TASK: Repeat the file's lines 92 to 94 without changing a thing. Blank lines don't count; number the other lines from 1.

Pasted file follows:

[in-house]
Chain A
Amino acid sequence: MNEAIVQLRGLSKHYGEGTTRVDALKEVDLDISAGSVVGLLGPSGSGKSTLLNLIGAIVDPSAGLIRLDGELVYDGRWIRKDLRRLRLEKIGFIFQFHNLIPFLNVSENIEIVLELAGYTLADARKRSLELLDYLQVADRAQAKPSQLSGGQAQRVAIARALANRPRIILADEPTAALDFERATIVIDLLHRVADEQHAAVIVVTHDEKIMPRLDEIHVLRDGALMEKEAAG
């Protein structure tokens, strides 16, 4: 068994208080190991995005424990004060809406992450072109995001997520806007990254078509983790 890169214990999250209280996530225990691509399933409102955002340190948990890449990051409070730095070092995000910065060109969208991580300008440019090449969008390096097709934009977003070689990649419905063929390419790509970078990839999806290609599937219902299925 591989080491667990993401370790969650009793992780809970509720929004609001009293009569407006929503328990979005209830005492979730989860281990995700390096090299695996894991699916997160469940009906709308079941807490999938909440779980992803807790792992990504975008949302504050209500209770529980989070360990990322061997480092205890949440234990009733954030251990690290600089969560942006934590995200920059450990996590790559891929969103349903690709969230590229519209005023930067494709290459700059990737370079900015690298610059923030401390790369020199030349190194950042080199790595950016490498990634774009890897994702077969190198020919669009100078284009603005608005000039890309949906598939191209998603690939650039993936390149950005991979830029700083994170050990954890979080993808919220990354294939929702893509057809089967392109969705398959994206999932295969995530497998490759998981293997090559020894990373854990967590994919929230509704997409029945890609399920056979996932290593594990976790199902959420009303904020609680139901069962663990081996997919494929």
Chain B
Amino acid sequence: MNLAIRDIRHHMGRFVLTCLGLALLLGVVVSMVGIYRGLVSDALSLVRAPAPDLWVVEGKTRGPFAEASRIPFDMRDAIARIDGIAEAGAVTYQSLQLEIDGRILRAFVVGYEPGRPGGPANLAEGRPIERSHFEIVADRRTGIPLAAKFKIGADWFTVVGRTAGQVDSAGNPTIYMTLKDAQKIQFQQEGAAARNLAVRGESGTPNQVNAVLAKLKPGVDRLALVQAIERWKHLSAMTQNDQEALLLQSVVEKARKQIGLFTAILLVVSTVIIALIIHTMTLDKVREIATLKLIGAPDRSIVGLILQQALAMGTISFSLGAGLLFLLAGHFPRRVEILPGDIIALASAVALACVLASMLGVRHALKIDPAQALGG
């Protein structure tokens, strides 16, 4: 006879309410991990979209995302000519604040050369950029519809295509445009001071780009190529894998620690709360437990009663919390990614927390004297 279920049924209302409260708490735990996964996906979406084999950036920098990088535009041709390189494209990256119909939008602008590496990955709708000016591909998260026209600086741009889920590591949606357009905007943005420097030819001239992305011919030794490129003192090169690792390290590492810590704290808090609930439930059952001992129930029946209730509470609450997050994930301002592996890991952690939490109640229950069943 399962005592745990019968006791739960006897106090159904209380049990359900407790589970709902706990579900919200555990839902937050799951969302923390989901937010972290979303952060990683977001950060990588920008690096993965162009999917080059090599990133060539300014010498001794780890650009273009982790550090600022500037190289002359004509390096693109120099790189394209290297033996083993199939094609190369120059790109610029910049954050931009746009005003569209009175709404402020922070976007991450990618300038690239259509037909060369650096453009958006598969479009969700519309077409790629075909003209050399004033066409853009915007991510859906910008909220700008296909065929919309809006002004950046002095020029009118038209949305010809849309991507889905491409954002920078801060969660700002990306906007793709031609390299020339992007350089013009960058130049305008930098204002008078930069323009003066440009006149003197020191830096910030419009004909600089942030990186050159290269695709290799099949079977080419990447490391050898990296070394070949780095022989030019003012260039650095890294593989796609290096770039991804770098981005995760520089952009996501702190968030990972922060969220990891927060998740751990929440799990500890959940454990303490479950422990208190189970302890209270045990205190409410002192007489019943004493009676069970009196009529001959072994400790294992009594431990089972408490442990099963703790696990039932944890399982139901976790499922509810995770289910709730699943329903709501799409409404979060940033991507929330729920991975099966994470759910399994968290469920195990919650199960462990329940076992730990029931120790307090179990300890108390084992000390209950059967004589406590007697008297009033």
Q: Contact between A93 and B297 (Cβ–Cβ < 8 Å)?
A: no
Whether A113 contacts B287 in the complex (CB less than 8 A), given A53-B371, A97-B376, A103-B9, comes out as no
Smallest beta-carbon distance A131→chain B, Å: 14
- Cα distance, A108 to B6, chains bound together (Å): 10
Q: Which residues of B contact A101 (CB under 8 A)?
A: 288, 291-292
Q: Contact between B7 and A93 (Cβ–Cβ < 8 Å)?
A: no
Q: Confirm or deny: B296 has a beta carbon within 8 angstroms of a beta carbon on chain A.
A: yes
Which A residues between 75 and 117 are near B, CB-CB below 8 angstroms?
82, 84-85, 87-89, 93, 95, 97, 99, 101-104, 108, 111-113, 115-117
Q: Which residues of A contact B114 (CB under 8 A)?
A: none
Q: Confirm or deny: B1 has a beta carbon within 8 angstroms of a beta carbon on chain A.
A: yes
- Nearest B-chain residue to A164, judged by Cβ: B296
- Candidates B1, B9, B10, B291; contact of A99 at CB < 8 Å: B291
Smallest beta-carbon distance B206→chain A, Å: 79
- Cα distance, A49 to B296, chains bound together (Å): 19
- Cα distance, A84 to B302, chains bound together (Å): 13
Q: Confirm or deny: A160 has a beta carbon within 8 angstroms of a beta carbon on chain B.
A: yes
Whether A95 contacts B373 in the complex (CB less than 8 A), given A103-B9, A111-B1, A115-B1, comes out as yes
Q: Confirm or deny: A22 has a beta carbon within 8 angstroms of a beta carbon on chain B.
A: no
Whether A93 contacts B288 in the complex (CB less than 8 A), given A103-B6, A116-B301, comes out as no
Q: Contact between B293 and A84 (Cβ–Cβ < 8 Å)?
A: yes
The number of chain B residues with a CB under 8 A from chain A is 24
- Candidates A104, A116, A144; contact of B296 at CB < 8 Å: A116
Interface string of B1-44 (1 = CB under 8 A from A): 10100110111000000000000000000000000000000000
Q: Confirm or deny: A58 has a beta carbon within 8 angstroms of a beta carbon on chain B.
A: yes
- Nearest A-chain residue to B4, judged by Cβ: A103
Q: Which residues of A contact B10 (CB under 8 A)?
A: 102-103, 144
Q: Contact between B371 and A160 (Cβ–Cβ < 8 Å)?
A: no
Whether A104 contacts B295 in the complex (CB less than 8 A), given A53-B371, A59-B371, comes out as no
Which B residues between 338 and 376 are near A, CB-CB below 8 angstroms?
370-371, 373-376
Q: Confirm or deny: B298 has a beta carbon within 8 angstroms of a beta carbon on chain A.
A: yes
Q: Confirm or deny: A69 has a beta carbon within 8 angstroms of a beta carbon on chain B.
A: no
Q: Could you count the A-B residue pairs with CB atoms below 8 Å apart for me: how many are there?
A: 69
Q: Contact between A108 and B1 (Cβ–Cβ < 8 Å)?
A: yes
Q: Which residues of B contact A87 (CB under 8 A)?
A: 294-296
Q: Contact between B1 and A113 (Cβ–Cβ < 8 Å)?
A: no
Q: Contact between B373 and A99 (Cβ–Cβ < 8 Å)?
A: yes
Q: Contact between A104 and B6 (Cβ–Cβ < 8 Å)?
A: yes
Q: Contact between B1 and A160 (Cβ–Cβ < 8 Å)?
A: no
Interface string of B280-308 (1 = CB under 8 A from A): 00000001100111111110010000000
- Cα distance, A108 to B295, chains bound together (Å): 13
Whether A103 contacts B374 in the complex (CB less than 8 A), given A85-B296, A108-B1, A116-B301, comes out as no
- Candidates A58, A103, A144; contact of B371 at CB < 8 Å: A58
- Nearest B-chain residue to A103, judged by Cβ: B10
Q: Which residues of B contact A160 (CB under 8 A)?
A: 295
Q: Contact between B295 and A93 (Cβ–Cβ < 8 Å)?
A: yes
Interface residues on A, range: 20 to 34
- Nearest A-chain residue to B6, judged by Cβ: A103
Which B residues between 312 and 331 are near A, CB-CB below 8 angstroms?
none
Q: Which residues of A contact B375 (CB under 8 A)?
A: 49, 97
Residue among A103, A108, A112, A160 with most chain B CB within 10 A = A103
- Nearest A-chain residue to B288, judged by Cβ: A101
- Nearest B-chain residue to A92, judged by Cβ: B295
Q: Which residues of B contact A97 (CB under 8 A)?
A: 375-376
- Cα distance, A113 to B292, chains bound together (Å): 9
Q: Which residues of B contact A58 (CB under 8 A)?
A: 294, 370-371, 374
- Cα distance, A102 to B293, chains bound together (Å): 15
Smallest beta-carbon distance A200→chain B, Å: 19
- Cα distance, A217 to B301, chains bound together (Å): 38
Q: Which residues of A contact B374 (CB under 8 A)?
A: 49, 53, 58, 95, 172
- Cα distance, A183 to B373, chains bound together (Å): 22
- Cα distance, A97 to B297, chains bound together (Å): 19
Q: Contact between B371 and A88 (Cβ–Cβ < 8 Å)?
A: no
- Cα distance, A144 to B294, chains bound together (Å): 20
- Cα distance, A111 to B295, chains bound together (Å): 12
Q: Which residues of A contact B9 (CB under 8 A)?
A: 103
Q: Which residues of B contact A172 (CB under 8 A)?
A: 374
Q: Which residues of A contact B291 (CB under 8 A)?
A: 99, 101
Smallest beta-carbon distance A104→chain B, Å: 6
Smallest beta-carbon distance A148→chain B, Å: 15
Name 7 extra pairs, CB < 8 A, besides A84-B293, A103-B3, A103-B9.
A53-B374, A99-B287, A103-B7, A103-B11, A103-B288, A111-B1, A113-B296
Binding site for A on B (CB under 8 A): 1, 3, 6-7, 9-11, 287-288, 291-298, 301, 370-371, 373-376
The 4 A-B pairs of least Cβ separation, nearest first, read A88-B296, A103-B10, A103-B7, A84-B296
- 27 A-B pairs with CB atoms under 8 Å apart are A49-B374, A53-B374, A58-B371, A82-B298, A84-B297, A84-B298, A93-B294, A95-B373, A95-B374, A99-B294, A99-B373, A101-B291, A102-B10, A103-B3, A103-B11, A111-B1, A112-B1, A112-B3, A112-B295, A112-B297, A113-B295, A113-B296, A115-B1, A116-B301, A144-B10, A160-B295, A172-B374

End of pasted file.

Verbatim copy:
- Cα distance, A102 to B293, chains bound together (Å): 15
Smallest beta-carbon distance A200→chain B, Å: 19
- Cα distance, A217 to B301, chains bound together (Å): 38